Hoppin' John - Brooklyn Style...!!!
[Recipes follow the article...]
December 30, 2009
Brooklyn's Flavor Route to the South
By KIM SEVERSON
"A COOK should always say yes when offered something that will "stink up
your pot real good."
It's a lesson I learned earlier this month, when James Graham handed me a
couple of pieces of seasoning meat from his truck, parked on a stretch of
asphalt in Brooklyn.
Seasoning meat is really just the thick trimmings band-sawed from the top or
bottom of a country ham. Some people call it sweet meat, others just call it
But in the backs of a handful of trucks that park in East New York, Canarsie
and Bedford-Stuyvesant, it's called seasoning meat and it will set you back
about $4 a pound. You don't need very much to make a batch of Hoppin' John
or some greens. Maybe a quarter-pound, especially if the meat is sharing the
job with a ham hock or two.
"Put some of this in your pot and the neighbors will come fast, I promise
you that," said Mr. Graham, who works out of a truck parked near the
intersection of Flatlands and Pennsylvania Avenues in Brooklyn.
Seasoning meat is just one item he sells. He also has compact ham hocks,
giant smoked turkey wings and a kind of white cornmeal that's hard to find
at the local Key Food. He has collard greens and okra, too. And bags of
peanuts and pecans still in the shell.
Most of it had been driven north from Georgia and the Carolinas, following a
trail that began generations earlier with the great migration of black
Southerners to industrial cities like Chicago, Philadelphia and New York
during the Jim Crow era.
Once people arrived, the tastes of home made the transition easier, said
Marci Cohen Ferris, an associate professor of American studies at the
University of North Carolina at Chapel Hill who specializes in the meaning
of food in American culture.
"The Southern ham hocks and field peas you see in Brooklyn today are rooted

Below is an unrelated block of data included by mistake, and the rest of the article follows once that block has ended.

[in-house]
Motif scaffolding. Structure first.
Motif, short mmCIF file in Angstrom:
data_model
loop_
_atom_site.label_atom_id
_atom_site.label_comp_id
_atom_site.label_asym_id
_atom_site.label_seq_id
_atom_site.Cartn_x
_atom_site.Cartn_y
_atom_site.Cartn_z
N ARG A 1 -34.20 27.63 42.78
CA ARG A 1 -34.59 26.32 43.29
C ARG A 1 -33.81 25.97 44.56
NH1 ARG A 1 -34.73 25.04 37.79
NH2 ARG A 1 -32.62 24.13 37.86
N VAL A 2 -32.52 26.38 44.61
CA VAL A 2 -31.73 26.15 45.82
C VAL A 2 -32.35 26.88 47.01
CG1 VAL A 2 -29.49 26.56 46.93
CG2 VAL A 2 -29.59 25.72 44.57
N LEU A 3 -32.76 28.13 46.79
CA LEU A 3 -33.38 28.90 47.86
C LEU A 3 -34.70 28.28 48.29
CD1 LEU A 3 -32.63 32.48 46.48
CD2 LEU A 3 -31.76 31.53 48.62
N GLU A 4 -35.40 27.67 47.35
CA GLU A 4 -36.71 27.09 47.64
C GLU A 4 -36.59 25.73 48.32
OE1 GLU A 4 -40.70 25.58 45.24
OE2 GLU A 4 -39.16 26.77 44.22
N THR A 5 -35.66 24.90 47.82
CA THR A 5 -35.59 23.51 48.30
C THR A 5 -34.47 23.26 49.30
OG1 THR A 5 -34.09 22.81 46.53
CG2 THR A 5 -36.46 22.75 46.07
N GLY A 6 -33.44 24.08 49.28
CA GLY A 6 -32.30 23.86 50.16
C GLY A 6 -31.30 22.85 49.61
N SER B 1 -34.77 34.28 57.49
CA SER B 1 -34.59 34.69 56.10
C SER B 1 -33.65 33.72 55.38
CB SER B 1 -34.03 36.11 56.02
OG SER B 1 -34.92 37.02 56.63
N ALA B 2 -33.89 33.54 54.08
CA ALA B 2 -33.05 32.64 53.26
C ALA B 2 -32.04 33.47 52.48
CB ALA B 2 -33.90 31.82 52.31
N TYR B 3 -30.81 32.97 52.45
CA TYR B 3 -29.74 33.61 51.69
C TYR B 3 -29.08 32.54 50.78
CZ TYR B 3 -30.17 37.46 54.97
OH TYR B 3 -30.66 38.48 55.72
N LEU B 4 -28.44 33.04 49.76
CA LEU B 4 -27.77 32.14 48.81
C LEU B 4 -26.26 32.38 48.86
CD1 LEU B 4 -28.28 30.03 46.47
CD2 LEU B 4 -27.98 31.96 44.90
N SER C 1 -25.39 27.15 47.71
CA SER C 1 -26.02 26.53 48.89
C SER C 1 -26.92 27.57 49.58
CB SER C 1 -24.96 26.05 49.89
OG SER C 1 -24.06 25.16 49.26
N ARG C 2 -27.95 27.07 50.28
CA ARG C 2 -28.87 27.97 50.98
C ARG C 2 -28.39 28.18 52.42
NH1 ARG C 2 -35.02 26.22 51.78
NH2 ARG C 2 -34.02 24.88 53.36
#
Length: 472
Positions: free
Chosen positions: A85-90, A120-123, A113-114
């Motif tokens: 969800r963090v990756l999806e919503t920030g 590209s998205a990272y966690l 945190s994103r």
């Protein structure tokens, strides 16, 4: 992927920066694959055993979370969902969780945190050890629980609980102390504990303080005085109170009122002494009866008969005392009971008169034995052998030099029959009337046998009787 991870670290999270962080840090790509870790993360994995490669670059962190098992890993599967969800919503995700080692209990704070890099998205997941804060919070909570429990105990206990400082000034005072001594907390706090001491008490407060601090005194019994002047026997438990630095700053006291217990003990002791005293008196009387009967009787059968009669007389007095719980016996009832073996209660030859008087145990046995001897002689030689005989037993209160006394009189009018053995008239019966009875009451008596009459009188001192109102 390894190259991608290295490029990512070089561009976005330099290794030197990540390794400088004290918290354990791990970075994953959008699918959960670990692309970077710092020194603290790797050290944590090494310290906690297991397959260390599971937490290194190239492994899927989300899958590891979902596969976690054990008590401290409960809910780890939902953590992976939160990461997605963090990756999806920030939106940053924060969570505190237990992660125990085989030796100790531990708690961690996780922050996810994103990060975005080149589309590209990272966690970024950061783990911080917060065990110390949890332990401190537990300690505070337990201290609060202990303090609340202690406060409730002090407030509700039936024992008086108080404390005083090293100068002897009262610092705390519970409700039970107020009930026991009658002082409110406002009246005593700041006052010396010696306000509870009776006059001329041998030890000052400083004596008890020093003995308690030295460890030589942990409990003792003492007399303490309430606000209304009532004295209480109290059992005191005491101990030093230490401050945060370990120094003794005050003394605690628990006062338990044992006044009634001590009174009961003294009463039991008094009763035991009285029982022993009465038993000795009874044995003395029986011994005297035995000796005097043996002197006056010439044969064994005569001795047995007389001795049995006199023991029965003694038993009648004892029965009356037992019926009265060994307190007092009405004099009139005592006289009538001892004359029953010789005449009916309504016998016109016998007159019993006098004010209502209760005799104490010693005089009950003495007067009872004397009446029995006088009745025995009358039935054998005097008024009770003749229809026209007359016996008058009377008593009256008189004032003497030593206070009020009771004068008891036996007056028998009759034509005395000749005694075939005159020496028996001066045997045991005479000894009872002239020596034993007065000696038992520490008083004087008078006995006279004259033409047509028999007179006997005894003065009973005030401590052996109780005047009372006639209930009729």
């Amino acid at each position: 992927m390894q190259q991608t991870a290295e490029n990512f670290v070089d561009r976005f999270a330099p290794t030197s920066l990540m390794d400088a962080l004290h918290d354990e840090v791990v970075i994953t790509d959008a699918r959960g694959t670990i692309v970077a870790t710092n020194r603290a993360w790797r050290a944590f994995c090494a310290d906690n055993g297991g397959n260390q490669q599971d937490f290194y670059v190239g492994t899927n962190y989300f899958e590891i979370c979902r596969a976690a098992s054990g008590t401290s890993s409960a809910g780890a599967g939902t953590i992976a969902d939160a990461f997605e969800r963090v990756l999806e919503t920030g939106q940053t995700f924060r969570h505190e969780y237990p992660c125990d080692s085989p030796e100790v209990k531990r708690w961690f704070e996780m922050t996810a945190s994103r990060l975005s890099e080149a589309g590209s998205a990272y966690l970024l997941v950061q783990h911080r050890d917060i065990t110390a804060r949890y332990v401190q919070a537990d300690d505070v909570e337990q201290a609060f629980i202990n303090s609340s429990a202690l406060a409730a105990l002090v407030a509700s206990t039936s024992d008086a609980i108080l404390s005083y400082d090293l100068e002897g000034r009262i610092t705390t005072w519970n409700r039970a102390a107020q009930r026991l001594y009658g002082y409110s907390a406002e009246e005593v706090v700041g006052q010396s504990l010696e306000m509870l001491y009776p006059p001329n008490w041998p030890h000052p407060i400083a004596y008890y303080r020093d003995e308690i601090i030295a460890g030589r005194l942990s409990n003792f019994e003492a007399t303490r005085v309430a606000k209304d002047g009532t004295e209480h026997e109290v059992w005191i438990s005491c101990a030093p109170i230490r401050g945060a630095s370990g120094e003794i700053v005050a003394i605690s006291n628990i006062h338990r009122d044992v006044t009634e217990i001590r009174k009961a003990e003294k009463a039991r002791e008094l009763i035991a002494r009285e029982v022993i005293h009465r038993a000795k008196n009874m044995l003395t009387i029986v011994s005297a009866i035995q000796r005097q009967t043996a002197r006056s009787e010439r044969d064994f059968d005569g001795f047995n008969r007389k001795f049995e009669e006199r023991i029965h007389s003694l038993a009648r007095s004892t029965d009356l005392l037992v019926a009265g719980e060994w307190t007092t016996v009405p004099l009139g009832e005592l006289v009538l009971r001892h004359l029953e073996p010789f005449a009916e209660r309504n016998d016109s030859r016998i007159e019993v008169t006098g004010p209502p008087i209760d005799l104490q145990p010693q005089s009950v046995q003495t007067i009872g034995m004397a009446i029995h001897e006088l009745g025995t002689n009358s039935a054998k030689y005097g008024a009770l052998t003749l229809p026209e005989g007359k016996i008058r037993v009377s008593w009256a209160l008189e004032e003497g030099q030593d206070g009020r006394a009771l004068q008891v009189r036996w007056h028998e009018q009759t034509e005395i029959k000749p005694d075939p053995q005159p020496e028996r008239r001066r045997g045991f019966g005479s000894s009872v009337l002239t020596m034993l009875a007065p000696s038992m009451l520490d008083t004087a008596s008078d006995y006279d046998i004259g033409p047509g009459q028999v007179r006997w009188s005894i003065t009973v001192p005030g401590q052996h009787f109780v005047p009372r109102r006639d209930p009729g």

in that history, especially at holiday time, when the Southern diaspora of
New York really longs for home," she said.
As far as the sellers and their customers can recall, the trucks appeared on
the scene more than 40 years ago. That's when people like George Huston and
George Lee figured there was a market for country food in Brooklyn's growing
It's likely, though, that similar enterprises in both Brooklyn and Harlem go
back much further. Ms. Ferris points out that in Ralph Ellison's "Invisible
Man," the main character buys and eats a baked South Carolina yam on a
Harlem street in the 1930s and is "overcome by an intense feeling of
The trucks were once plentiful on Brooklyn streets. Mr. Huston owned 15
tractor trailers that he and his extended family would use to haul produce
and smoked meat from the South.
The import business was so good for Mr. Lee that he opened the North
Carolina Country Store on Atlantic Avenue in 1973. His daughter, Patricia,
ran it until a year ago, when she sold it.
The store is one of the few places to get seasoning meat in Brooklyn.
"Everybody comes here if they can't go to the trucks," said Gloria Miles, a
truant officer and a member of the Greater Bright Light Missionary Baptist
Church. On a recent December afternoon, she was shopping at the store
instead of at her favorite truck for two reasons. One, it was freezing
outside, and two, she prefers pig tails to seasoning meat for her greens,
and the trucks don't usually have it.
Across the street, Jule Huston, 70, waited for customers. He's in the moving
business, but about 15 years ago he followed in his Uncle George's footsteps